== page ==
Public Trust in Science: Scientists’ Involvement and Representation
The survey sample was weighted by gender and academic field to represent the population as closely as possible. The measure of sampling error for questions answered by the full sample is plus or minus 5 percentage points.
In this survey, we asked scientists about their opinions and experiences on factors that may increase or decrease the public’s trust in science. Results on this page cover questions about scientists’ direct roles and responsibilities in fostering trust. Other results from this survey about sources of science news are available here. The survey was designed in consultation with ASU’s News Co/Lab.
94% of respondents believe that scientists should take an active role in public policy debates about scientific issues as opposed to staying out of them.
More than half of the respondents (54%) believe scientists should focus on research problems that they themselves determine to be important.
However, there are significant differences between fields (p < 0.01). The majority (70%) of biologists, but fewer than half of (46%) public health researchers believe research problems should not be determined by the public.
Approximately half of the respondents (49%) thought that requiring all trainees to receive training on how to communicate their research to the public would increase public trust.
46% of respondents felt that increased representation of people of color could help increase public trust. 30% of respondents believe that public trust would benefit from a better representation of women in science.
21% of respondents believe that requiring public engagement activities as a criterion for academic tenure would not help at all to increase public trust in science.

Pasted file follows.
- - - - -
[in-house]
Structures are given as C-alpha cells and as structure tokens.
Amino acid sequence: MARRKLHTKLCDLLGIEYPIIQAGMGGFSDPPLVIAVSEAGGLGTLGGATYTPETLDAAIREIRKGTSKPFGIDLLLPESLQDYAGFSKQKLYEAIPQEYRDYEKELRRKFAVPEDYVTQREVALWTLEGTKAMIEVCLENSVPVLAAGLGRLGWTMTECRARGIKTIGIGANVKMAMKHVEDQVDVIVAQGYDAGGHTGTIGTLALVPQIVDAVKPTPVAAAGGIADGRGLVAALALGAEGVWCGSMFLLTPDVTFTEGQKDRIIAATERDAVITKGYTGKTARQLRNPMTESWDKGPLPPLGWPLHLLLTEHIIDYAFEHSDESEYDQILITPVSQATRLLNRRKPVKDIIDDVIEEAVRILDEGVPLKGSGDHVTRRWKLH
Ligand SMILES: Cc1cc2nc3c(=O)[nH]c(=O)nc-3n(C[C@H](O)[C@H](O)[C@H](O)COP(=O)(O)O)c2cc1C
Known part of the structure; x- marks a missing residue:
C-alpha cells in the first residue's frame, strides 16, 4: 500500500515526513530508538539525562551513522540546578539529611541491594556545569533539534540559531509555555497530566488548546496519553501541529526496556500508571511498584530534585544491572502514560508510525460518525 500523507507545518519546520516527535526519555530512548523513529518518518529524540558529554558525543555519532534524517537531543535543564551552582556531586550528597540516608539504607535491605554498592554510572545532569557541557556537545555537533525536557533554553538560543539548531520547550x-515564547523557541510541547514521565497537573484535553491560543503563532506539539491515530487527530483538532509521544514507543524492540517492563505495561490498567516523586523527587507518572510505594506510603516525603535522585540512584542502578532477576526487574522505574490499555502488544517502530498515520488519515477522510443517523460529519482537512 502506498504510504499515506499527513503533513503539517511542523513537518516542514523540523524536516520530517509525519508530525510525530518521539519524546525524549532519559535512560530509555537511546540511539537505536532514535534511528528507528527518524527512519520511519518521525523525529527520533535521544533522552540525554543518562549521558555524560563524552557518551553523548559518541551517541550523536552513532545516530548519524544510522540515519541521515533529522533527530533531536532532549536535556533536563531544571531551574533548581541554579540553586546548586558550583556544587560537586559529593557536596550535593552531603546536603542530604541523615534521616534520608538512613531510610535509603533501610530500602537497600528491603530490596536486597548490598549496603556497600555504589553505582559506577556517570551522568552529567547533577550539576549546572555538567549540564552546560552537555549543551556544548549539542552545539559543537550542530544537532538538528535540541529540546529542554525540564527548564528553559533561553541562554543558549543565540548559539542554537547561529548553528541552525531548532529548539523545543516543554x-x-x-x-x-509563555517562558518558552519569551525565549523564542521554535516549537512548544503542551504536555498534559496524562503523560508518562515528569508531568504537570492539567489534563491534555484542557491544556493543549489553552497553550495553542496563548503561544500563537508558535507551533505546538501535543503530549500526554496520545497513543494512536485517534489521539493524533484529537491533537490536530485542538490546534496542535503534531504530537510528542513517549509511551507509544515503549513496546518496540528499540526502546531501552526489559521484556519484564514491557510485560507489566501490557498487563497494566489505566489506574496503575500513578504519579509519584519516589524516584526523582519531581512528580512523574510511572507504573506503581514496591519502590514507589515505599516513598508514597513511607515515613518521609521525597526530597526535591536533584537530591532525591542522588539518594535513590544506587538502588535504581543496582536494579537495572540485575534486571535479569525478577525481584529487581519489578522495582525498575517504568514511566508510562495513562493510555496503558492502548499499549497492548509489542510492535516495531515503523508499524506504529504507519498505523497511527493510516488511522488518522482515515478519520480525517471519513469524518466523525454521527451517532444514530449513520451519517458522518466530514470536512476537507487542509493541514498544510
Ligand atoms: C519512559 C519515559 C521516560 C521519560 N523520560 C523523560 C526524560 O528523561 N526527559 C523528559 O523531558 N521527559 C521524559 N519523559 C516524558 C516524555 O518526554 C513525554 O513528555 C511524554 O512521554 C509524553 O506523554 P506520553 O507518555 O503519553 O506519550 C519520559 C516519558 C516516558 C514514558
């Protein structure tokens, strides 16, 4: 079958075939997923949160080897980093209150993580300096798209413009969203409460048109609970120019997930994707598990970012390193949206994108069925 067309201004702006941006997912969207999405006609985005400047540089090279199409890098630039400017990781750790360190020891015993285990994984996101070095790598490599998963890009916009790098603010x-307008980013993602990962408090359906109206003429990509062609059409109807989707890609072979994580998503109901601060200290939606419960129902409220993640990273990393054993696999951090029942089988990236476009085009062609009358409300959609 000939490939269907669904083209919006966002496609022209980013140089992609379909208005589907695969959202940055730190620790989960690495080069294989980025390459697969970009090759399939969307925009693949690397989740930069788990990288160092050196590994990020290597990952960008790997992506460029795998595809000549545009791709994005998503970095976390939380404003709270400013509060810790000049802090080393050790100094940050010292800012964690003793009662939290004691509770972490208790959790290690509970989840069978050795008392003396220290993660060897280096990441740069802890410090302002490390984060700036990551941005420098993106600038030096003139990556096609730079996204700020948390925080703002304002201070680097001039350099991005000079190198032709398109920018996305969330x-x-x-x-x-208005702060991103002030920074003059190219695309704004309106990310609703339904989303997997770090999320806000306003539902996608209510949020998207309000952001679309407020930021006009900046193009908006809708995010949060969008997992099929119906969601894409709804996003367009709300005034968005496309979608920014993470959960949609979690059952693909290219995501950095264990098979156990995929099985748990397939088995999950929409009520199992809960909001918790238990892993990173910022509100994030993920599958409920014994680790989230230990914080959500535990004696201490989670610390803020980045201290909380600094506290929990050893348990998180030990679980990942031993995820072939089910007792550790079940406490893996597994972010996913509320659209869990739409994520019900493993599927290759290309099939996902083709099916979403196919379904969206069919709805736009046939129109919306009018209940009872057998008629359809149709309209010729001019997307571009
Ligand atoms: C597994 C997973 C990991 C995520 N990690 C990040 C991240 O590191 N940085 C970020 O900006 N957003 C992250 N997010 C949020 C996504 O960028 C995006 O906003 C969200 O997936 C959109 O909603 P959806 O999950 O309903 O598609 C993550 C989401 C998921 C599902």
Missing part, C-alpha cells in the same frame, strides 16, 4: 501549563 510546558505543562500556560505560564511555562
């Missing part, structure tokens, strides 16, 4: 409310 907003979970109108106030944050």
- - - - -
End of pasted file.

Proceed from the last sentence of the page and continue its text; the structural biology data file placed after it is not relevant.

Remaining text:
60% of respondents have spoken with a non-scientist within the previous week, 26% have done so within the previous month.
This national survey of scientists and engineers was conducted by Center for Science, Technology and Environmental Policy Studies at Arizona State University (ASU). The survey was designed in consultation with ASU’s News Co/Lab. The population for the survey represents a random sample of PhD-level faculty in two fields of science: biology and public health. Faculty contact information was collected from 60 randomly selected Carnegie-designated Research Extensive and Intensive (R1) universities in the United States (US) and from all CEPH accredited public health schools. The final sample included contact information for 2,551 scientists. A total of 579 usable responses were obtained, representing an AAPOR response rate (RR4) of 19.7%.
Sample Weighting and Precision: the completed sample was weighted by the inverse of selection probabilities and post-stratified by gender and academic field to represent the population as closely as possible. A conservative measure of sampling error for questions answered by the full sample is plus or minus 5 percentage points. The survey was approved by Institutional Review Boards at Arizona State University and at the University of Illinois at Chicago.